More Than Cosmetic Changes: Taking Stock of Personal Care Product Safety

Rebecca Kessler


Environ Health Perspect. 2015;123(5):A120 

In This Article

Abstract and Introduction


Small glass jars full of liquid soap are neatly packed in a refrigerator-size heating chamber. Scanning the jars, Trisha Bonner reaches in and plucks one out. Unlike most of the other jars, whose contents appear thick and pearlescent, this one contains soap that has gone clear and watery. A thin layer of tiny beads, fine as sugar, dusts the bottom—exfoliating beads that have fallen out of suspension. "The scientist will be kind of sad to see this," Bonner says. The jar holds a prototype of one of Johnson & Johnson's revamped Clean and Clear® facial cleansers. It's one of hundreds of products the company is reformulating to make good on a 2011 promise to eliminate or further reduce trace amounts of several ingredients that have drawn safety concerns.[1] Having successfully omit-ted substances that release small quantities of the carcinogen formaldehyde and reduced levels of the potentially carcinogenic impurity 1,4-dioxane in its baby products in 2013, the company is now working on making fur-ther changes across its baby and adult product lines by the end of this year.[1]

The prototype in Bonner's hand is one of many that will fail a series of tests for safety, stability, and cus-tomer satisfaction before the reformulation is complete. That's par for the course, says Bonner, a manager of research and development at a Johnson & Johnson laboratory in rural New Jersey. Tinkering with a product's recipe can have unintended consequences, even if only one or two ingredients are targeted for removal. And fixing one problem often sparks another.

To reformulate around 100 baby products for its 2013 deadline, the company developed 1,500 prototypes, some of which made it 18 months into the development process before failing under scrutiny, Bonner says. That initial reformulation process was particularly tricky because it involved changing the company's most iconic products, including its baby shampoo and baby lotion, which had to retain their familiar colors, consistencies, and scents.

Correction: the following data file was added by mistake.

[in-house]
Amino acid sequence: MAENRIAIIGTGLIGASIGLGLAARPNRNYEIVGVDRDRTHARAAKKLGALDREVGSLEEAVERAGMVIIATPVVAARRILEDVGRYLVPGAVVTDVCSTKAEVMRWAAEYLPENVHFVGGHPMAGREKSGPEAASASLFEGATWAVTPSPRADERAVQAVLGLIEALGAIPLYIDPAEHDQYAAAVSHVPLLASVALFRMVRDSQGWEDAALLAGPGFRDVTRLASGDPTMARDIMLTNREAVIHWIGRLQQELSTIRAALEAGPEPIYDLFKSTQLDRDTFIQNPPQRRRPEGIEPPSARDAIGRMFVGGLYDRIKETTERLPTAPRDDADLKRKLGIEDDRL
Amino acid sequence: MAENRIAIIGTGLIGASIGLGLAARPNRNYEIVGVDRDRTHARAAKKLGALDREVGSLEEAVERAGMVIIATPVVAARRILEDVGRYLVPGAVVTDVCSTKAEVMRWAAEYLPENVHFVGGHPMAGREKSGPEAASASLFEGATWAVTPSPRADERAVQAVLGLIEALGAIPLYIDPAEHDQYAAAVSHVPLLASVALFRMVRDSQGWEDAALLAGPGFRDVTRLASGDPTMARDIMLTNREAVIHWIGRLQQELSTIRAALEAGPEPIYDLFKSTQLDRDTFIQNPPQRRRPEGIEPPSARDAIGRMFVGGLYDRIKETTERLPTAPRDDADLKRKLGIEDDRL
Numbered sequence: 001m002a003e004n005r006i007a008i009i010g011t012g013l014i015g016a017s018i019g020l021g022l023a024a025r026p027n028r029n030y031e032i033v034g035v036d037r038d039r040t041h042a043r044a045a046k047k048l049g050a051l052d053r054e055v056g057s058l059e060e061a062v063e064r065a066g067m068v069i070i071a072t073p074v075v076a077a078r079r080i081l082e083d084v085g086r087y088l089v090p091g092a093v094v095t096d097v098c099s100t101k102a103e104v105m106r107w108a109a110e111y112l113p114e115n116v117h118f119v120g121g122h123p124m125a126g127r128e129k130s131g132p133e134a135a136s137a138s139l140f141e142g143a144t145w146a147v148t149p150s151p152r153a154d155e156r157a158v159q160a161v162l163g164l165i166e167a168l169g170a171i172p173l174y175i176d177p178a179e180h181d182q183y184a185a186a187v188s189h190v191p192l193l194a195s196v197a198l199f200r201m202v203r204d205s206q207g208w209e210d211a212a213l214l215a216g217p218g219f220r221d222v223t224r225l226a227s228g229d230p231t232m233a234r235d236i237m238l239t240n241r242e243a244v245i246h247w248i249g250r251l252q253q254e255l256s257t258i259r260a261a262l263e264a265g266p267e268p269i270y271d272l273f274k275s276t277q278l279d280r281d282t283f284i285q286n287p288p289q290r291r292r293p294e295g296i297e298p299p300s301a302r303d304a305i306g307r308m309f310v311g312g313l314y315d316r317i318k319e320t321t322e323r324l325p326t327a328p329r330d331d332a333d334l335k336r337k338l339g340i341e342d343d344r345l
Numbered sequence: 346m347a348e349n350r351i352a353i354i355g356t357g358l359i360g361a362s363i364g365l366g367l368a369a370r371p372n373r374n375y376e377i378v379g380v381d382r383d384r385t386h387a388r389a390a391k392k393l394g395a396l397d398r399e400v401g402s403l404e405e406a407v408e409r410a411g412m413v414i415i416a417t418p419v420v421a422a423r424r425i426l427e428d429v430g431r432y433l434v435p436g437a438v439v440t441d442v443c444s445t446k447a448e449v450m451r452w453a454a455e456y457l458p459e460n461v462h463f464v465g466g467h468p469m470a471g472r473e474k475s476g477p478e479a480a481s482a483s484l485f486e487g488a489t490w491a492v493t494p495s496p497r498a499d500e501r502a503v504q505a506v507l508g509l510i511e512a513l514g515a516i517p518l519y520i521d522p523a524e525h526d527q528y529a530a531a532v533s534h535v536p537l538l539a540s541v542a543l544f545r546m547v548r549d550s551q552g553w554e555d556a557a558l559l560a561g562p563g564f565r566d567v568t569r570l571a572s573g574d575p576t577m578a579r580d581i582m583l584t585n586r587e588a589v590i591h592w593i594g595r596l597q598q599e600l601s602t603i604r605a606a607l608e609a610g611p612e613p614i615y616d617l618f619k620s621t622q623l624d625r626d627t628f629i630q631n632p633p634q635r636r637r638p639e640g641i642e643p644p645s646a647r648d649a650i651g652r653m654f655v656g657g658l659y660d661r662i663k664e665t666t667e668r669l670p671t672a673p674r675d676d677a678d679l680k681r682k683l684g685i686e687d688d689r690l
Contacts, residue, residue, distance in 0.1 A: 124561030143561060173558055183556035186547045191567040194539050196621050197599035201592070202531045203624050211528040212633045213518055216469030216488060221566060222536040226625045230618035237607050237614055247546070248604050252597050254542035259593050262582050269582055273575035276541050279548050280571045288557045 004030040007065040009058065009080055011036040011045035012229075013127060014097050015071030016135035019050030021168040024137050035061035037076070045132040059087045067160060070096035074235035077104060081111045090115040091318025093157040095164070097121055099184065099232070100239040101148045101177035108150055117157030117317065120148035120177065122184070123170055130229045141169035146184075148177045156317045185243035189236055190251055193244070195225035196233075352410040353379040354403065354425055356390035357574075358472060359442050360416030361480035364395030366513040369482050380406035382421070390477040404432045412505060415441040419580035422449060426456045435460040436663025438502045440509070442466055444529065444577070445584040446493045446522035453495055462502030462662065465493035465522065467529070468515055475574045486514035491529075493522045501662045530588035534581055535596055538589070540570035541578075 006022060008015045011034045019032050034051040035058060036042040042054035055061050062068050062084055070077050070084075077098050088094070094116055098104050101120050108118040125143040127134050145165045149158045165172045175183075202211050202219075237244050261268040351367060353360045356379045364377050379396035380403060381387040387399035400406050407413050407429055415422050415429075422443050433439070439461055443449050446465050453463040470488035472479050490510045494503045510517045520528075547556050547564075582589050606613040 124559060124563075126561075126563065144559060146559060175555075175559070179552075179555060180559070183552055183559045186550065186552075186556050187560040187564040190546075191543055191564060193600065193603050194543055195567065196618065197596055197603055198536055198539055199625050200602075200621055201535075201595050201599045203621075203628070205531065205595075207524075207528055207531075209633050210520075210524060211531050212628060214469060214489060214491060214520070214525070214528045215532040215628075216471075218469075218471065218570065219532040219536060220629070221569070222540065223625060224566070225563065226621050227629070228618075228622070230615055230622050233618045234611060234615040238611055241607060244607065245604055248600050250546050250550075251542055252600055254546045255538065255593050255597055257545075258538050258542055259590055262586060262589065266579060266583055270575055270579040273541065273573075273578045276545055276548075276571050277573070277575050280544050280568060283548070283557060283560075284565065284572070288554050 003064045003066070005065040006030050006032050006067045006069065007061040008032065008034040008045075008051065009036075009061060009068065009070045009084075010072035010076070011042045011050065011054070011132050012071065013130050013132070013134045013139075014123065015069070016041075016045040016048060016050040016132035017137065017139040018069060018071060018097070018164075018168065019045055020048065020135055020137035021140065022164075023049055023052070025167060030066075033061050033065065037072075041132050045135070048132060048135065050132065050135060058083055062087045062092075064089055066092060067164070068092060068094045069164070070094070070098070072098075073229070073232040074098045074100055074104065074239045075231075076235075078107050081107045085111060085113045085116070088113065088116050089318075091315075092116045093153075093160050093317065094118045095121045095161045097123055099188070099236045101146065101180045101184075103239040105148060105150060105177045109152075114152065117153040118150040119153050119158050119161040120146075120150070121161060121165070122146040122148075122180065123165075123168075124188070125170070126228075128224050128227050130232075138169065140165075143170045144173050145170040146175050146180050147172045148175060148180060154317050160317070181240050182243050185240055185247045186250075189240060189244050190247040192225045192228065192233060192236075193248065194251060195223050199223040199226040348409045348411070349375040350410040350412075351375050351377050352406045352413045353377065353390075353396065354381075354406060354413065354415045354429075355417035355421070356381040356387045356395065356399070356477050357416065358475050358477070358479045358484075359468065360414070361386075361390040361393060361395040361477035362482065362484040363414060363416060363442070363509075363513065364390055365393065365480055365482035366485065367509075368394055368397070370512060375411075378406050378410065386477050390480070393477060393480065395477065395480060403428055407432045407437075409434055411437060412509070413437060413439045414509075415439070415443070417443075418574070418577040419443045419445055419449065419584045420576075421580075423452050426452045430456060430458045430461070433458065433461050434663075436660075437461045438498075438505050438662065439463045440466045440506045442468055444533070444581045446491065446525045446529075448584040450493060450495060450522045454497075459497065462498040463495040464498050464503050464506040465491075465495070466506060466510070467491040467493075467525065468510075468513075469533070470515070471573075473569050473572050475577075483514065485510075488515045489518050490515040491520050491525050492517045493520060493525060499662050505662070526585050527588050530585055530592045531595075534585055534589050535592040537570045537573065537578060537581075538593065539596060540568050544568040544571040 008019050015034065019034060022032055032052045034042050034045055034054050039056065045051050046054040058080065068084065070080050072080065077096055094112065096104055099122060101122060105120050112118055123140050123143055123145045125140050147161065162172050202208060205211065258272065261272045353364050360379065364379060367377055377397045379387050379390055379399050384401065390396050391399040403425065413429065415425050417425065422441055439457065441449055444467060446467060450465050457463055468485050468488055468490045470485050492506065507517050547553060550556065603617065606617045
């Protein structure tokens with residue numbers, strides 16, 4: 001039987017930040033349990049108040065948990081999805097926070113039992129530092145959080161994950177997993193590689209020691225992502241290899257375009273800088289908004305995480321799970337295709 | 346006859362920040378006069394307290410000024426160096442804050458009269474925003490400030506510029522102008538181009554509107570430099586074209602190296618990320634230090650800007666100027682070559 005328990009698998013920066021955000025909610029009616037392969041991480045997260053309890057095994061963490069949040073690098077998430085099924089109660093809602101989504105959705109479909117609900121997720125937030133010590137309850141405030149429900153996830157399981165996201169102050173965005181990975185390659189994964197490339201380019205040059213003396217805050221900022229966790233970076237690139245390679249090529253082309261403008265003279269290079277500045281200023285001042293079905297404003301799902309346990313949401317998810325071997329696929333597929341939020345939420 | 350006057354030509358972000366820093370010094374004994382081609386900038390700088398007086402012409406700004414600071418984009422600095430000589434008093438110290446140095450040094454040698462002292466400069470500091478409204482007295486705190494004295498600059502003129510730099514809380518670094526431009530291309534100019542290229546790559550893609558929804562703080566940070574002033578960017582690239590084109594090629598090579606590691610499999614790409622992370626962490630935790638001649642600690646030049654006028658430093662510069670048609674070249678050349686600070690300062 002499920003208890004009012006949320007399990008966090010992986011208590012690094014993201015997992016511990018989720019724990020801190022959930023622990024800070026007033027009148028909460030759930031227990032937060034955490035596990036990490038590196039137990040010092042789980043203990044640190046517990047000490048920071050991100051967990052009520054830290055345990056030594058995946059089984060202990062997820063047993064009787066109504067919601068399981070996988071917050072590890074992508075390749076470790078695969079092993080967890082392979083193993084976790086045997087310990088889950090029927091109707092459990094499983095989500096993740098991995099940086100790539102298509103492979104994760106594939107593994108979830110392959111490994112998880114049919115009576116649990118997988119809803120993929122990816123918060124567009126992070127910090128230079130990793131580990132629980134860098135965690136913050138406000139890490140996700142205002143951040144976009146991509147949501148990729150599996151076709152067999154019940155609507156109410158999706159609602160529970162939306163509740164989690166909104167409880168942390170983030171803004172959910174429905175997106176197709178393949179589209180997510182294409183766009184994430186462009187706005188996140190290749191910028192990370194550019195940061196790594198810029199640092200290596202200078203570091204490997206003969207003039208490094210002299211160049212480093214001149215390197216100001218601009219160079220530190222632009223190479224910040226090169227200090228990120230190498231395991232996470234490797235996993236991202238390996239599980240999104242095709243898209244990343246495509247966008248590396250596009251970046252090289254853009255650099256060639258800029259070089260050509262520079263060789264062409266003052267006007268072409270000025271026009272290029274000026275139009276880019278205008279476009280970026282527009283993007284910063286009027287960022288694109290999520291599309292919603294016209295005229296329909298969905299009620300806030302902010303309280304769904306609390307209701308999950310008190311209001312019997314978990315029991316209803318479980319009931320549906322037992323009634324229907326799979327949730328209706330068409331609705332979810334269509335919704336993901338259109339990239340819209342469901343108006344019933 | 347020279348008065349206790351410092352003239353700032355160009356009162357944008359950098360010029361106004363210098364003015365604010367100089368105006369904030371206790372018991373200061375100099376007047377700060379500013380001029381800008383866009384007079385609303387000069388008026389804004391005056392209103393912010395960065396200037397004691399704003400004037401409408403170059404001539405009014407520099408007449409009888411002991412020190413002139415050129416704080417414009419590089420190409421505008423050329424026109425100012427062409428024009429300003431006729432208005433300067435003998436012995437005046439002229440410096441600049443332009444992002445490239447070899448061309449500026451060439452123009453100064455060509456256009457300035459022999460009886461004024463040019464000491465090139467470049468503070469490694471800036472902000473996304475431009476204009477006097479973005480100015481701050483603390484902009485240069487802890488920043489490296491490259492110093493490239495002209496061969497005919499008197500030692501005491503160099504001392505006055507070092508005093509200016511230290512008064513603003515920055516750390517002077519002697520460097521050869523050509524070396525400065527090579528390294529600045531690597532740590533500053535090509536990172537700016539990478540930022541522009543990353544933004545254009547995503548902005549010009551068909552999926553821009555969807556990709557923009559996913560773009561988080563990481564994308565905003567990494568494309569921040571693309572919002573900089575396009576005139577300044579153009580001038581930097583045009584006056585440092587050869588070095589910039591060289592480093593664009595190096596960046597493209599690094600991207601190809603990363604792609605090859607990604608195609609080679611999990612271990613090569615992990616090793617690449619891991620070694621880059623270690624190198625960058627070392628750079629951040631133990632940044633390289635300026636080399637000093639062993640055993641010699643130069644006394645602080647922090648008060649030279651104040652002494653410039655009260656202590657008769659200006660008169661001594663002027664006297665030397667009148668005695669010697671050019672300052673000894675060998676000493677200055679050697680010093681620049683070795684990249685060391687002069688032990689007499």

The present round of reformulating has been a bit easier but by no means simple, according to Cathy Salerno, vice president of research and development for the company's North American consumer products division. For example, removing polycyclic musk fragrance ingredients, which have raised concerns as persistent and bioaccumulative endocrine disruptors,[2] is "sort of like taking the sugar out of ice cream" because of the unparalleled warm, creamy scent they contribute, Salerno says. For certain products, rather than try to replace the musks, the company has simply jettisoned the old fragrance for a new musk-free one. In other cases, if reformulating a product becomes too troublesome, Salerno says the company might simply discontinue it.

The trail of failed prototypes notwithstanding, Johnson & Johnson is on track to meet its end-of-year deadline, Salerno says. It is also working to eliminate plastic exfoliating microbeads, which have emerged as a potentially serious water pollutant, by 2017.[1]

Under ordinary circumstances, Johnson & Johnson and other manufacturers of beauty and personal care products reformulate regularly to improve their products or because of changing ingredient availability, but this effort is much bigger. Salerno says it's the hardest project she's ever worked on in her 30 years at Johnson & Johnson. "We've never done anything on this scale before," she says.

Johnson & Johnson's moves have earned it praise from consumer advocacy groups as a herald of change in the cosmetics and personal care products industry.[3] Safety concerns are transforming the industry, which in 2013 earned $41 billion in U.S. sales, according to Vera Sandarova, a spokeswoman for marketing consultancy Kline & Company. In recent years, under mounting pressure, a number of major manufacturers have begun eliminating certain controversial ingredients, and major retailers have announced plans to tailor their stock accordingly.

But even as companies invest considerable resources to reformulate their products, they universally defend the questioned ingredients as perfectly safe. "It all comes down, fundamentally, to providing peace of mind to our consumers and customers. There really is no safety issue," says Homer Swei, associate director of product stewardship at Johnson & Johnson.

Advocacy groups, on the other hand, maintain the chemicals of concern are bad news[4] and that current regulations, which have changed little since 1938, are insufficient to protect consumers. And although the evidence for adverse health effects is still in dispute for many of these chemicals, some scientists see reason for concern.